Crosswalk.com aims to offer the most compelling biblically-based content to Christians on their walk with Jesus. Crosswalk.com is your online destination for all areas of Christian Living – faith, family, fun, and community. Each category is further divided into areas important to you and your Christian faith including Bible study, daily devotions, marriage, parenting, movie reviews, music, news, and more.

Intersection of Life and Faith

Jars of Clay and the Goat's Head Club

  • 1999 1 Jan
  • COMMENTS
Jars of Clay and the Goat's Head Club
"We try to make people think about Christ. They're having an encounter with Christianity that isn't what they've believed for so long. It isn't what they've been running away from. It's really different and in many ways is very appealing to them."
--Dan Haseltine




by Mike Nappa for the Music Channel at crosswalk.com

They had second thoughts when they saw the bouncer standing at the door wearing a t-shirt that proclaimed, "666 is my favorite number." Still, the four guys in {{Jars of Clay}} (Dan Haseltine, Steve Mason, Charlie Lowell, and Matt Odmark) had made a commitment to play in this San Francisco club, and they intended to keep it.

Until they walked inside, about an hour before midnight, and saw a big goat's head right above the stage. Sometimes a ritualistic symbol of sacrifice, the goat's head has often been adopted as a freak display of rock-n-roll rebellion.

They laugh about it now, but at the time they weren't sure how to react. Haseltine says, "We were all pretty naive to the club scene. We didn't know what to expect... [The goat's head] showed us that this is not a place where Christians frequent! I think we were all really scared about how people were going to react to what we were doing and things we were singing."

Undaunted, they guys began their set. Then, barely into the first song, a fight broke out in the bar. Lowell jokes, "I threw a keyboard at this guy...." before Haseltine resumes the story.

"By the end of the set, the transformation that took place from the beginning of the show to the end of the show was so obvious," he says. "From our perspective, we could watch the faces turn from very stone cold, to transparent. It was intense that night."

Mason picks up, "We were so afraid and there were so many variables involved. It was obvious this was one of those places where God wanted us to trust Him...We were kind of ill at ease because we knew we were right there where the Word and the world were colliding and we were watching it happen."

So how did four then-single guys (all are now married) making Christian music wind up at a club like this in the first place?

It all started in 1993 when the guys got together at Greenville College and formed the band. Then, they won the Gospel Music Association's Spotlight talent competition in 1994, and by 1996 had toured with {{PFR}}and {{Michael W. Smith}}, topped both Christian music and mainstream music charts, and even graced the cover of Christian Single magazine.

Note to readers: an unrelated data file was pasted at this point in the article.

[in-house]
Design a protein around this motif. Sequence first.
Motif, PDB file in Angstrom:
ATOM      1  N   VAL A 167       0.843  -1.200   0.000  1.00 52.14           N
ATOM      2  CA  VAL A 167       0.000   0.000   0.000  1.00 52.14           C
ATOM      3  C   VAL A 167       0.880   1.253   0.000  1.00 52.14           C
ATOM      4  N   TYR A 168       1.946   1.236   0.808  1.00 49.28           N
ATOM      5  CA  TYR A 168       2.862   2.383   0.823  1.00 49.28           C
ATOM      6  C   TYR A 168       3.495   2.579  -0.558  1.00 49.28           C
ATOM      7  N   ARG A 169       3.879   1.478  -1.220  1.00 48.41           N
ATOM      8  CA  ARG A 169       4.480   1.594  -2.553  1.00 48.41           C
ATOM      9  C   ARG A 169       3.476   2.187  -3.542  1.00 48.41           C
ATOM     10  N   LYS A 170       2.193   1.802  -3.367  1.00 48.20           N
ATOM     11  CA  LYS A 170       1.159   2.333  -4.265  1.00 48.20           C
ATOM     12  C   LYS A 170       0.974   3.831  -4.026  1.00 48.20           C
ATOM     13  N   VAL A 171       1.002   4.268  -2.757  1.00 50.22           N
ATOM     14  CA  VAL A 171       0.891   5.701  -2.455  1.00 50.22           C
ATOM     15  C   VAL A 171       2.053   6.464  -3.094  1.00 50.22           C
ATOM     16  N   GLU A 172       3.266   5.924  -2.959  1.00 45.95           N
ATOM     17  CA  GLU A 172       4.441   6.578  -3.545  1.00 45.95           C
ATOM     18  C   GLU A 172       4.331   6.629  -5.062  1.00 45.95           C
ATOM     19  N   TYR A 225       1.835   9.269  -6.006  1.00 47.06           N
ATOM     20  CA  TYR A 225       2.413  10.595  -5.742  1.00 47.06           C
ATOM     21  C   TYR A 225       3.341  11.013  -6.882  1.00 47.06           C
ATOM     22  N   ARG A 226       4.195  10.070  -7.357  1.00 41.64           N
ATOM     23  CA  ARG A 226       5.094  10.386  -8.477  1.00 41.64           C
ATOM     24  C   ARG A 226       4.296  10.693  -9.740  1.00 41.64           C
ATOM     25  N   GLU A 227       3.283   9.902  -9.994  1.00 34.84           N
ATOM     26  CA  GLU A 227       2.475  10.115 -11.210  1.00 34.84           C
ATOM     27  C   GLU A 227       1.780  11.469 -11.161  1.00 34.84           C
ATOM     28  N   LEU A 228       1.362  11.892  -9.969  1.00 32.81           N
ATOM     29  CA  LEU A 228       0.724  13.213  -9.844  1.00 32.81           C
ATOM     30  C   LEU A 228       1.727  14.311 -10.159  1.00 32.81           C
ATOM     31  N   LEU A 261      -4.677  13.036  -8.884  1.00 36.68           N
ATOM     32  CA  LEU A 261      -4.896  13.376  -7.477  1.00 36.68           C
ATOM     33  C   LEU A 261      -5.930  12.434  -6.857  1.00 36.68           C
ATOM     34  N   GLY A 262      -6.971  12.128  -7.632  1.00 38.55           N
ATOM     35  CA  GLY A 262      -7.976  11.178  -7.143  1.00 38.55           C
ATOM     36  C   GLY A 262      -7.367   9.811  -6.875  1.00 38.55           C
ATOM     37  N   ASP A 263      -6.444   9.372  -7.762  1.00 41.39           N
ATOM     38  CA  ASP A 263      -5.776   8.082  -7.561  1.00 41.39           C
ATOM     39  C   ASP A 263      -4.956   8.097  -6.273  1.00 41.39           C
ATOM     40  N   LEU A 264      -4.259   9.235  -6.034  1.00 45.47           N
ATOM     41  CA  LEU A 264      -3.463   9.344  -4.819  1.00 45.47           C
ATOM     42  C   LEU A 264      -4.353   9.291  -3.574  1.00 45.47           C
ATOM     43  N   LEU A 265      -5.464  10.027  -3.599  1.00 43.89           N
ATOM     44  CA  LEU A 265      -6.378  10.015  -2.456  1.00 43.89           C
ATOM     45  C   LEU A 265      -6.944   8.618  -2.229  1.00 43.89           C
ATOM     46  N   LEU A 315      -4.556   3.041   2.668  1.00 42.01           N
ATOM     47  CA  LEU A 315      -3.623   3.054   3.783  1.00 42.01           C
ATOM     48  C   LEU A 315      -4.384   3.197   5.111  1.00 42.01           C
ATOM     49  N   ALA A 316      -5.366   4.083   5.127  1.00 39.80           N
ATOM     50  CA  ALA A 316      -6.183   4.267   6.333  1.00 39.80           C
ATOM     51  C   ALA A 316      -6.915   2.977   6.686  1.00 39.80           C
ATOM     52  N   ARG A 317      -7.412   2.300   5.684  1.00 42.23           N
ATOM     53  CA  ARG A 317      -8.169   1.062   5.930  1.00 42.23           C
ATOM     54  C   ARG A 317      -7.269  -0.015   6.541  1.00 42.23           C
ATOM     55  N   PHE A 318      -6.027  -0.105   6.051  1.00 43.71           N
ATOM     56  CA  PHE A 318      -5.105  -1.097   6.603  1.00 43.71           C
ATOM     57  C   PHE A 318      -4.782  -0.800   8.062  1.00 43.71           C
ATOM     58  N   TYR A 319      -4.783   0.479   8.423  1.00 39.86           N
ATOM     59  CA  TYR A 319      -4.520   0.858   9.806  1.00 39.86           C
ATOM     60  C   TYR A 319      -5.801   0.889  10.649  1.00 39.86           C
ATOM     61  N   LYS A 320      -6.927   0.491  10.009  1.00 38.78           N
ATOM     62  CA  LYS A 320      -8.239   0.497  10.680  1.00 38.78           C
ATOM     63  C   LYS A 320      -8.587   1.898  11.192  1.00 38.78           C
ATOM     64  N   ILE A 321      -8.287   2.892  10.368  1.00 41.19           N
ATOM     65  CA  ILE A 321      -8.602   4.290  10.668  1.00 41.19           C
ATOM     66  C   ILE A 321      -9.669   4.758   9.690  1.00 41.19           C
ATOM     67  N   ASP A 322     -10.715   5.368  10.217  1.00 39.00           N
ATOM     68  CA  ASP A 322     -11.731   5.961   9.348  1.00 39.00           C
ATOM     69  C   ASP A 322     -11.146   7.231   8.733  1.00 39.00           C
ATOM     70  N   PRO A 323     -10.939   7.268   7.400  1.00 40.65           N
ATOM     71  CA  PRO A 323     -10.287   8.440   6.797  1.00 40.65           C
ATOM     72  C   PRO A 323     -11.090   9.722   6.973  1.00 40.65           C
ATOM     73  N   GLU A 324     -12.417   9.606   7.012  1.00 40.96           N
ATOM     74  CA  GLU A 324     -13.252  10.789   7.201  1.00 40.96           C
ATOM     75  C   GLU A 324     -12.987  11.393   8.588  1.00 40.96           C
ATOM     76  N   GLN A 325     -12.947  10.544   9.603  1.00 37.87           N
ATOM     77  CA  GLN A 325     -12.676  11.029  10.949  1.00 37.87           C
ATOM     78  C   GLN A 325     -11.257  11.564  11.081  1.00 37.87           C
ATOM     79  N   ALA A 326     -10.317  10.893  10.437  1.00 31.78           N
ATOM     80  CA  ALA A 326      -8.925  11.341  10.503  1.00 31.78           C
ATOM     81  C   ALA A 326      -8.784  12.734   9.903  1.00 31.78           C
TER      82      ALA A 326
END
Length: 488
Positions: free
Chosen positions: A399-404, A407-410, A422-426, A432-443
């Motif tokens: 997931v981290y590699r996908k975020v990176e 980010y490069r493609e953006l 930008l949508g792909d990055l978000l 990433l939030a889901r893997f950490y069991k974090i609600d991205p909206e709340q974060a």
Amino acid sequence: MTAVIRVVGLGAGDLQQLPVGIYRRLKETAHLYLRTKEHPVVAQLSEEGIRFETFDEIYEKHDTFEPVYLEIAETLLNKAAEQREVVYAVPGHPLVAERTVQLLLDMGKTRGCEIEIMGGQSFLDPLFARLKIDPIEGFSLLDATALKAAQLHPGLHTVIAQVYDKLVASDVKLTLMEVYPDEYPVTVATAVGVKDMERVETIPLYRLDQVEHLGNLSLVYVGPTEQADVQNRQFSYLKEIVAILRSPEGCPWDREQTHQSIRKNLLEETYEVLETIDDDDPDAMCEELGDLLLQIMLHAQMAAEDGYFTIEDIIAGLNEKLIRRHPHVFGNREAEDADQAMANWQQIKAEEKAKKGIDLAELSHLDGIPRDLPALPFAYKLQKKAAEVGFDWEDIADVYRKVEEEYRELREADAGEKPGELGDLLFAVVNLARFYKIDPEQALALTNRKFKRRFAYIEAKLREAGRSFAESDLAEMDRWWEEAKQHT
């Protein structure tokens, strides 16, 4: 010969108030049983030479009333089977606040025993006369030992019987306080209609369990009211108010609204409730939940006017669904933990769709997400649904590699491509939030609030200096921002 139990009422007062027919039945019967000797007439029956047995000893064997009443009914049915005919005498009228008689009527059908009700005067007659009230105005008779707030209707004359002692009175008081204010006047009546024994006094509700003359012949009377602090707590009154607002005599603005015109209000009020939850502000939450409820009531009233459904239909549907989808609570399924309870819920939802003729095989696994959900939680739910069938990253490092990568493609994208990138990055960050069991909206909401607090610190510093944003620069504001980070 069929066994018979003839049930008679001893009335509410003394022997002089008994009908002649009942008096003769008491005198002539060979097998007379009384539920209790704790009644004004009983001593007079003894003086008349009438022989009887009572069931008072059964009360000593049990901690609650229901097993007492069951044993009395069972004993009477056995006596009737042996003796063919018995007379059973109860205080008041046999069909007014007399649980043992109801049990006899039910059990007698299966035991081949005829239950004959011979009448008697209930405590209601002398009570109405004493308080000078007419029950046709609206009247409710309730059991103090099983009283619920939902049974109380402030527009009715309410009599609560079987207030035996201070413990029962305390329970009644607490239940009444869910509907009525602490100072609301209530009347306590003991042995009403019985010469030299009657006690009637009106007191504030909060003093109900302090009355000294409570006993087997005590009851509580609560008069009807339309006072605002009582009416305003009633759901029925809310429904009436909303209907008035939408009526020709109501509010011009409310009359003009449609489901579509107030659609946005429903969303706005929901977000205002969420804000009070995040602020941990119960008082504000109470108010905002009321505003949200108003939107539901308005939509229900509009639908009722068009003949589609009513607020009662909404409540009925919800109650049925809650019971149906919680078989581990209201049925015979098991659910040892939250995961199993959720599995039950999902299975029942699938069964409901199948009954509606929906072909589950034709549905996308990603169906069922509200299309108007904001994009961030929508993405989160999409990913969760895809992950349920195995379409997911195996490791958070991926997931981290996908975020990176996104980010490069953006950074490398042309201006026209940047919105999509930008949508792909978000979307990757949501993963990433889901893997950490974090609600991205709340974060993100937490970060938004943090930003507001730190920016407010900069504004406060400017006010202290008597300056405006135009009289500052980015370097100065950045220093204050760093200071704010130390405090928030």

Two years ago, Haseltine told CS, "Sometimes I wish it [fame] were happening to someone else, because it would be much easier to have a ministry in a local church where you don't have to deal with fans singing, 'I want to fall in love with you' to me instead of to God. That's infuriating."

Over the past two years, Jars of Clay has had a few more infuriating experiences as well. Their determination to reach out to non-Christian audiences by playing venues like the Goat's Head Club (the band's nickname for that establishment) and by including non-Christian bands on stage with them has not been without criticism.

Mason reports that a couple of years ago, one Christian radio station refused to air announcements that Jars of Clay was coming in concert. "They chose not to tell people because we were playing in a theater... [and] we had two other bands on the bill that were opening that weren't Christian. So it was really frustrating."

The band was also subjected to rumors that they'd given up their Christianity, were smoking pot on stage, and drinking alcohol. What hurt most wasn't so much the false accusations, but that those rumors were started in the church.

Masons sighs, "We felt abandoned [at times] by some groups of Christians because of what we were feeling called to do. Felt like we were hanging in the air." He shrugs, "It was a frustrating time."

In spite of that, Jars of Clay has remained determined to follow their calling. Says Mason, "We've grown in our excitement for more people to hear our message."

Haseltine agrees saying, "We try to make people think about Christ. They're having an encounter with Christianity that isn't what they've believed for so long. It isn't what they've been running away from. It's really different and in many ways is very appealing to them."

"It's bridge-building. We're ground-softeners," adds Mason.

Then Odmark smiles as he remembers a story of one teenager who got hold of their debut album, ==Jars of Clay==. It so piqued his curiosity in the gospel, he pulled a Christian friend out of a party just so he could hear how to give his life to Jesus.

Odmark finishes up by saying, "It was really encouraging to hear there are at least a few stories like that."

And it's that kind of encouragement that makes {{Jars of Clay}} still willing to risk a concert at the Goat's Head Club.